To deliver on that promise, students at Oak Knoll fall under a very rigorous set of rules. They are bused to the campus each day. They are served breakfast on arrival at 8:50 AM, and are bused home at the end of the school day at 3:30 PM. Monday and Tuesday, the school day ends earlier, again with the students being bused home.

Students are required to work with therapists for at least 60 minutes each day, receiving an additional 90 minutes of therapy for individual and family therapy per week.

The dozen Upside-Down T neighbors had a lot of questions, all of which were answered by Principal Gloria Clay and her staff. They were assisted at the meeting by Theresa Hawk, Executive Director of Special Education for the PUSD, and Superintendent Edwin Diaz.

Example questions and answers:

Are there students on the campus with violent backgrounds? Yes. Some of the students come from abusive home situations, and violence is the behavior pattern they have been exposed to. Part of the Oak Knoll program’s purpose is to teach the students ways to cope with their emotions and help break the cycle of violence.

How are the students contained? The campus is locked down after the students arrive, and they are escorted onto the buses when the school day ends.

How do we in the Upside-down T recognize students from Oak Knoll? The school is enforcing a uniform dress code, which will differentiate their students from those at Nia Charter School, located next door.

If the campus is locked down, how do we as neighbors or parents visit the campus? The gate on the West side, on Glenrose (with a sign saying “Oak Knoll”) is unlocked. Visitors can enter the campus by walking on the sidewalk up to the building, and then turning south (right) and walking down about three doors to the one that says “Office.” All visitors must check in at the office before going anywhere else on the school grounds.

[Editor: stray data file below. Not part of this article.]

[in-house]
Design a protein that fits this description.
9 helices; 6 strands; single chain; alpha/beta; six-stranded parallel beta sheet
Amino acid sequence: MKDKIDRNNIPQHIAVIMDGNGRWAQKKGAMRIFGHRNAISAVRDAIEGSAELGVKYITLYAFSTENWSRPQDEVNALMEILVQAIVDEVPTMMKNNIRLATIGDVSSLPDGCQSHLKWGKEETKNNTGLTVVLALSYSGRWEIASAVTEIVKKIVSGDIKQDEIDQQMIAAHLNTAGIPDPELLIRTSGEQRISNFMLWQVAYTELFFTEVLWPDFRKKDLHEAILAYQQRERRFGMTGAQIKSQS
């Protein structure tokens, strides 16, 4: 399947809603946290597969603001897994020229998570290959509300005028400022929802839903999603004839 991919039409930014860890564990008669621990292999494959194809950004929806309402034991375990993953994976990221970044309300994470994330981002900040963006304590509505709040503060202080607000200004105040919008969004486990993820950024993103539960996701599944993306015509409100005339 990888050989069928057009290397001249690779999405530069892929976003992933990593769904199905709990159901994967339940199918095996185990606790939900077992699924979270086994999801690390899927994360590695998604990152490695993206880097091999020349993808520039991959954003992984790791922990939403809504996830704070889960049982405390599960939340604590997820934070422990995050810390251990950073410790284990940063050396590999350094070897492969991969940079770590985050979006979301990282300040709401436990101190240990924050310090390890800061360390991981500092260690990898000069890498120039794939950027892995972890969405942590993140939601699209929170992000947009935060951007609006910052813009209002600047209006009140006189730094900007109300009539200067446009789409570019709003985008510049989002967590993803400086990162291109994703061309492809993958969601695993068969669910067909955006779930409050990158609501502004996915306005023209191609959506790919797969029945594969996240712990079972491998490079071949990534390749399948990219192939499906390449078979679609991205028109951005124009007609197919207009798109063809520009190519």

Does the school have recreational outlets? Yes, there is a specific time for physical education and for recreation, all with supervision.

Is there any intermingling between the students at Oak Knoll and Nia? No. The campuses are separated by a fence which has an opaque tarp providing visual separation.

If Nia grows, will they “encroach” on Oak Knoll? No. Nia will not be permitted to use the buildings on Glenrose.

Can the neighbors on the Upside-down T help? Absolutely…. give us some ideas, of how you can help, and let’s do it!

What a man. And here’s a nice tribute.

http://www.imdb.com/news/ni0574069/

Here’s the Pasadena Weekly story on the film “Lakeview Terrace,” that is apparently based on a real-life story in Altadena…

I had an LAPD officer living behind me and a Sheriff next door, and I’m happy to say I’ve had no problems. Felt quite safe.

http://www.pasadenaweekly.com/cms/story/detail/copping_out/6402/

Ok, I’m posting this because I’ve been saying it the last week and I’m laying claim to it.

This is my shorthand for the McCain-Palin circus ticket.


Ok, so it was Rick Alviti AS Elvis, not the King himself who draped a gold lame “scarf” around me and planted a juicy one on my cheek, but hey, a girl can dream. And Rick ain’t bad for that matter! The Sheriff Support Group of Altadena outdid themselves on this, the last of the season’s summer concerts. What a hoot! At one point I think more people were up dancing than sitting, and all ages were participating.

Here are a couple of shots, the rest are on my Flickr site, http://www.flickr.com/photos/ohdebutaunt/.